What’s the Best Birth Control for Women with PCOS?

Medically reviewed by Debra Rose Wilson, PhD, MSN, RN, IBCLC, AHN-BC, CHT on May 17, 2017Written by Annamarya Scaccia on May 17, 2017

How birth control can help

Polycystic ovary syndrome (PCOS) is a health condition that causes enlarged ovaries with small cysts on the outer edges.

One in 10 women has PCOS, according to the Office on Women’s Health.

Many women with PCOS take hormonal birth control to help manage the symptoms caused by the condition. For example, PCOS can cause you to miss your period for months at a time. Birth control can help regulate your menstrual cycle.

Other symptoms that birth control can help manage include:

  • hormonal imbalance
  • bloating
  • cramps
  • acne
  • pelvic pain
  • excess hair growth
  • irregular periods
  • lack of ovulation

Keep reading to learn which forms of hormonal birth control may be useful for you.

Oral contraceptives

Oral contraceptives are the most common and effective option used to manage PCOS symptoms.

There are two types of oral contraceptives: combination pills and progestin-only pills. Both types of birth control are effective for treating PCOS symptoms and can help you:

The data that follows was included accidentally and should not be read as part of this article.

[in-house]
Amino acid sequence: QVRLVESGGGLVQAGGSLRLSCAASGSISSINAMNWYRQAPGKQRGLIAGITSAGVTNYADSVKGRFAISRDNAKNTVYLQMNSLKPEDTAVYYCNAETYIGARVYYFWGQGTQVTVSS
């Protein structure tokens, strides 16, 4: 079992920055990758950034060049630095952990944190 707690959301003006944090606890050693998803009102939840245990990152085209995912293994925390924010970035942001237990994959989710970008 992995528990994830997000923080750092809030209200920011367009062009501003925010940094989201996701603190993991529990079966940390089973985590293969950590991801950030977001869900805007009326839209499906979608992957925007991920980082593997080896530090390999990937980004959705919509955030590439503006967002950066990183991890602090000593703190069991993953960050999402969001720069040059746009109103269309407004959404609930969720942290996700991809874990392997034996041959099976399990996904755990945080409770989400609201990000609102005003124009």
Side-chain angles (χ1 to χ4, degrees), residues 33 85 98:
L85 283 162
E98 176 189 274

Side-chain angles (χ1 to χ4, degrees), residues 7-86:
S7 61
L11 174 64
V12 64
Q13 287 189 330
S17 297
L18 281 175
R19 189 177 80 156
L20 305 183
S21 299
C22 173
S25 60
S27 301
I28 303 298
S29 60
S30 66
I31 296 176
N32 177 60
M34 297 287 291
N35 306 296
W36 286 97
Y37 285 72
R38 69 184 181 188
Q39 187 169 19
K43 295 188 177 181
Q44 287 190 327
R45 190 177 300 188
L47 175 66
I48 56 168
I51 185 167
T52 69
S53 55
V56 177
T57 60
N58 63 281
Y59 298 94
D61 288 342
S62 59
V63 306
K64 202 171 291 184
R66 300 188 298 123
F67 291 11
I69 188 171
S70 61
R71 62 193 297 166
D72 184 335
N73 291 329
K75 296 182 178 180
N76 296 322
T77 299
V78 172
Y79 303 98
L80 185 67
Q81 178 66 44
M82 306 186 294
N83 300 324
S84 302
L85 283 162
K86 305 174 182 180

Most women who have PCOS don’t experience side effects when taking the pill, but different types of birth control affect everyone differently.

You may experience one or more of the following:

  • mood changes
  • possible weight gain or loss
  • nausea
  • headaches
  • sore breasts
  • some spotting

If you have health insurance, your plan may cover the cost of this medication entirely. You may also be able to get it at little to no cost through Medicaid or a patient assistance program.

Without coverage, a pack of combination pills typically costs between $20 and $50 each month. Progestin-only pills typically cost around $50 for a month’s supply

Combination pill

Combination pills contain estrogen and progestin, two synthetic hormones similar to the ones made by your ovaries. The amount of hormone present varies from brand to brand. You can opt for low- or high-dose formulations.

For example, low-dose combination pills contain about 20 micrograms (mcg) of estrogen. High-dose birth control pills typically have between 30 and 35 mcg of estrogen. Your doctor will help determine the right dosage for you.

Progestin-only pill

Progestin-only pills, known as minipills, are an effective alternative for women who have PCOS and are unable to take combination birth control pills. PCOS causes you to have low levels of the hormone progesterone. Progestin-only pills increase your progesterone, which will cause you to have regular periods and lower your risk of endometrial cancer.

Progestin-only pills can contain up to 35 mcg of synthetic progestin.